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THE FIVE THINGS ALL PROFESSIONAL COMPETITORS HAVE IN COMMON

By Steve Marteski

If you were to ask 10 different professional bodybuilders, bikini competitors, figure or physique athletes exactly what you need to do to become a professional, without question you would get 10 different answers. The fact is, they are probably all right answers. However, they are telling you what worked for them, and to what they attribute their success. In many instances, they may not even know exactly what to credit with their success. They may think it's some supplement they are taking, or the fact that they get up every morning at 5am and do an hour of cardio, but in fact, it may not be either of those things. They just know they have been doing those things and having success, so they keep doing them. This is not unlike a baseball player continuing to wear the same dirty socks game in and game out since they seem to win every time they wear the socks. Logically, we know smelly socks don’t equate to winning games, but if everything is going right, why rock the boat? With that said, it is also guaranteed that each one of the 10 professionals you speak to have different workout plans, different diets, take different supplements and even look different from one another. Without a doubt, they all have great genetics, that is a given. However, lots of people have great genetics, but only a select few reach the top of their sport. We can’t effect our genetics, so no use harping on it. If you don’t have the proper genetics to be a pro, you won’t achieve the same level of success. However, regardless of your genetics, you can be the best version of what you are. While all pros have different workouts, diets and everything in between, after speaking to and observing dozens of pros, the below five attributes are universal across them all. Follow these principles and you are sure to be successful.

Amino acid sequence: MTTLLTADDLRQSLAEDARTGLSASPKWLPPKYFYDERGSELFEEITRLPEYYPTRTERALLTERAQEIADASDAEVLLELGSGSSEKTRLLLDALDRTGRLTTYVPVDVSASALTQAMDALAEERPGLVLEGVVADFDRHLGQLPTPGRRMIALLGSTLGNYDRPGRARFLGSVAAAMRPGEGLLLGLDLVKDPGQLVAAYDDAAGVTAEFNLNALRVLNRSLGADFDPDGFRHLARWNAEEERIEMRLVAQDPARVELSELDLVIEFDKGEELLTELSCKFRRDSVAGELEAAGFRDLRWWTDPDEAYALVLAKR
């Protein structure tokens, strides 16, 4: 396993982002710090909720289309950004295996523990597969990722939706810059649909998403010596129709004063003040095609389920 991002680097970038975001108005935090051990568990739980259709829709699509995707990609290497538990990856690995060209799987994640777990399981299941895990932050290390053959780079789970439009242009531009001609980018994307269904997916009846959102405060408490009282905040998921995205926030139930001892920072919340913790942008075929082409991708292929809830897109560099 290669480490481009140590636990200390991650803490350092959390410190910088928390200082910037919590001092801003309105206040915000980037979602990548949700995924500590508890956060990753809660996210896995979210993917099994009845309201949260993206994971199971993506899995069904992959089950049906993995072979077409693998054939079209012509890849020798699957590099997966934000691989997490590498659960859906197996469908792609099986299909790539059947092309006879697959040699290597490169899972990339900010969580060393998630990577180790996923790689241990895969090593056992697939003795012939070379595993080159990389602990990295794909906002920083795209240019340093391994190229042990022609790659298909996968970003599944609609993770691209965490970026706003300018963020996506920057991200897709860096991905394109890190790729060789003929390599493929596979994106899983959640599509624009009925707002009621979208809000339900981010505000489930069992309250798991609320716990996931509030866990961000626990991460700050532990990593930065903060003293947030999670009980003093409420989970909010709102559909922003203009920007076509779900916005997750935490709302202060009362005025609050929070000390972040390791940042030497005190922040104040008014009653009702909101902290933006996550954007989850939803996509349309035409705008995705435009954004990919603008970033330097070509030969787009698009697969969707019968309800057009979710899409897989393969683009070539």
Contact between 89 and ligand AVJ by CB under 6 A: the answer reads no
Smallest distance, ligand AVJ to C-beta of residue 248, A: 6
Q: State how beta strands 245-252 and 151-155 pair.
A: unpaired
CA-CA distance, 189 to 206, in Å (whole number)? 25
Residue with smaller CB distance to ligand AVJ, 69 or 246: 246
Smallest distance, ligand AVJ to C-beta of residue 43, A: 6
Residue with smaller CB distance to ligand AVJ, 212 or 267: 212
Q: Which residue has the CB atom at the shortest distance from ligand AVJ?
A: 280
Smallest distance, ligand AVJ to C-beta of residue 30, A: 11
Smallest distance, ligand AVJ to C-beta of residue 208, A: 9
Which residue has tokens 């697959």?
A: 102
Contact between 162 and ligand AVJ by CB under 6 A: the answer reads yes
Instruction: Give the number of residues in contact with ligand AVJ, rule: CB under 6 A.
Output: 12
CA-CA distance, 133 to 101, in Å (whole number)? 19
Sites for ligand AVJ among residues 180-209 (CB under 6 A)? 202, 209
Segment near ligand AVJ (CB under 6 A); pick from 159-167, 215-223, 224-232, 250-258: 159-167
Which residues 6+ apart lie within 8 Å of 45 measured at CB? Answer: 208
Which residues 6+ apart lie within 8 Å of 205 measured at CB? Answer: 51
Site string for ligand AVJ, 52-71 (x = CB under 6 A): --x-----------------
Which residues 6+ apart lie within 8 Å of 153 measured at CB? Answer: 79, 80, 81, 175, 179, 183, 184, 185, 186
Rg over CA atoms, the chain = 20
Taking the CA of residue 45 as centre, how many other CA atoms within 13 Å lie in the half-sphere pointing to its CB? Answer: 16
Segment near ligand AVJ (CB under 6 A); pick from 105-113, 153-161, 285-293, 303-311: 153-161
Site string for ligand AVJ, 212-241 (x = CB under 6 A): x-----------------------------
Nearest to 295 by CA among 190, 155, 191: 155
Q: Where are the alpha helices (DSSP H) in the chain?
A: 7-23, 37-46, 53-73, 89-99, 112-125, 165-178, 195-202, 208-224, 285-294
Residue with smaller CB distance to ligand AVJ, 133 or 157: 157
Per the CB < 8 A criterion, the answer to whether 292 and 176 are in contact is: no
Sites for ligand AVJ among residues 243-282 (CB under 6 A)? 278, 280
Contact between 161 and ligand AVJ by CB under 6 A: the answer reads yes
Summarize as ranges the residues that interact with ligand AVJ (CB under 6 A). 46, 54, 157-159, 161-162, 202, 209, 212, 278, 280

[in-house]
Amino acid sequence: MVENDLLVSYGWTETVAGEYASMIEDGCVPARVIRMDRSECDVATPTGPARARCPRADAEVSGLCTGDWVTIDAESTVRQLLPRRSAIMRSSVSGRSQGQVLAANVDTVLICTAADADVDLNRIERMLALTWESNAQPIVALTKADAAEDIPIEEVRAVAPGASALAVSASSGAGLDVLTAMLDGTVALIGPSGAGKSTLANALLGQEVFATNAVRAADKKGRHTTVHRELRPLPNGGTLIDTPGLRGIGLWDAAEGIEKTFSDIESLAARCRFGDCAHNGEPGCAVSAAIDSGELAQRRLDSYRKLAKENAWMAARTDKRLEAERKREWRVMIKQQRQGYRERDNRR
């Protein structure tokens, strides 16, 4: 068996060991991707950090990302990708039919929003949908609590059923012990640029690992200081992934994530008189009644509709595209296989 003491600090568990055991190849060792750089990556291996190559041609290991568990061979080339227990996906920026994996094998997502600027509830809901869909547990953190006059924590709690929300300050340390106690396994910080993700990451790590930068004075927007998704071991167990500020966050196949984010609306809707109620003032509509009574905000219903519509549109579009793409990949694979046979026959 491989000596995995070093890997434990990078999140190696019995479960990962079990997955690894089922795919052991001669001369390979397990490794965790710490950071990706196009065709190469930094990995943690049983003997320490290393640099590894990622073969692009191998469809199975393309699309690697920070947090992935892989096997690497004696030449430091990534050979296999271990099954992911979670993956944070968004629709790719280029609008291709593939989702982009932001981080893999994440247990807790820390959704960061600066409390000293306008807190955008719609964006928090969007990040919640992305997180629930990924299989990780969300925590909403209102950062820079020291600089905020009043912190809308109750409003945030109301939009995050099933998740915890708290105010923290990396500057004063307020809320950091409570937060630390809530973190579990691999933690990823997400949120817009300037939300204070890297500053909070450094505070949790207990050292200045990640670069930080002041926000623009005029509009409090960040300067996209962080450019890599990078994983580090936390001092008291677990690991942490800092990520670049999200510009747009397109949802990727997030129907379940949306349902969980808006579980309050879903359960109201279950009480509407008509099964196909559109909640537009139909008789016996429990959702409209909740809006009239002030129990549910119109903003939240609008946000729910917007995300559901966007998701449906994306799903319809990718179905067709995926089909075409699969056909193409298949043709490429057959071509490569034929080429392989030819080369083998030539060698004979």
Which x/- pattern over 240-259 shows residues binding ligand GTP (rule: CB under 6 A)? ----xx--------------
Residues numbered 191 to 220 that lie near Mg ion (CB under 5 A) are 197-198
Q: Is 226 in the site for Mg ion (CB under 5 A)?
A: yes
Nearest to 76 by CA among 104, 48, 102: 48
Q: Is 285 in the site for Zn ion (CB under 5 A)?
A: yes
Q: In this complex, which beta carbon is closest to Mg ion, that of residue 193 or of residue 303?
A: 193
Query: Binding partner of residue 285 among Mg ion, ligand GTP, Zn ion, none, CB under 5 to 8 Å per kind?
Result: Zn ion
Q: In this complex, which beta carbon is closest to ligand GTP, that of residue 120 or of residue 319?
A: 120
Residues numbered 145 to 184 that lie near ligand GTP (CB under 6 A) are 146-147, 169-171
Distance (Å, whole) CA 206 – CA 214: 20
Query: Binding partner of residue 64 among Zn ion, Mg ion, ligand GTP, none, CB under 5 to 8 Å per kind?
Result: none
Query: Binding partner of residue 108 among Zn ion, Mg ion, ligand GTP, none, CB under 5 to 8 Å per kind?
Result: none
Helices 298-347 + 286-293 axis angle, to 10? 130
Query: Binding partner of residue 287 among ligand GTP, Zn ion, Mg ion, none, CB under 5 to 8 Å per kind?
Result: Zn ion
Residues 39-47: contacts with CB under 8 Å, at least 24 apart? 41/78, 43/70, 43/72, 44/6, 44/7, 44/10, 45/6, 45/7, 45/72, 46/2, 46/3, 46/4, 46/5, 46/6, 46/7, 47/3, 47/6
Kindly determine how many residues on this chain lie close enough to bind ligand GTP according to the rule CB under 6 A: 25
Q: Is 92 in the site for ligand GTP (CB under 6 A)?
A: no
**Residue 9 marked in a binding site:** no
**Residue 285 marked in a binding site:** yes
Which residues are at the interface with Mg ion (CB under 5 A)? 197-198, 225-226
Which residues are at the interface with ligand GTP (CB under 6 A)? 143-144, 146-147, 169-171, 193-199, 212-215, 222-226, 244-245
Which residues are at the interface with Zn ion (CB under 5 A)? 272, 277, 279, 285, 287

RIDICULOUS WORKOUT CONSISTENCY

Without exception, every pro works out with regimented consistency. This is not to say that they are in the gym every single day, pushing their body to the limit. In fact, it doesn’t mean that at all. A good degree of periodization is necessary to achieve your optimum body. However, every day, every week, every month has a plan, and they stick to it. If they are traveling, they find a gym and get in their workout. They schedule days off (or listen to their body) and take those days off to optimize their recovery.


CONSTANT PROTEIN INTAKE- Regardless of the overall diet, constant, regular protein intake is requisite. The body needs protein to grow, and it needs protein to maintain muscle. The body can store fat as body fat and it can store carbs in the form of glycogen in the muscles and liver. However, it cannot store protein and amino acids except in muscles. So when we get low on protein, we need it and we pull it from our hard earned muscles. Pro bodybuilders know this and ensure they take in regular protein throughout the day. This is the one diet staple that is non-negotiable.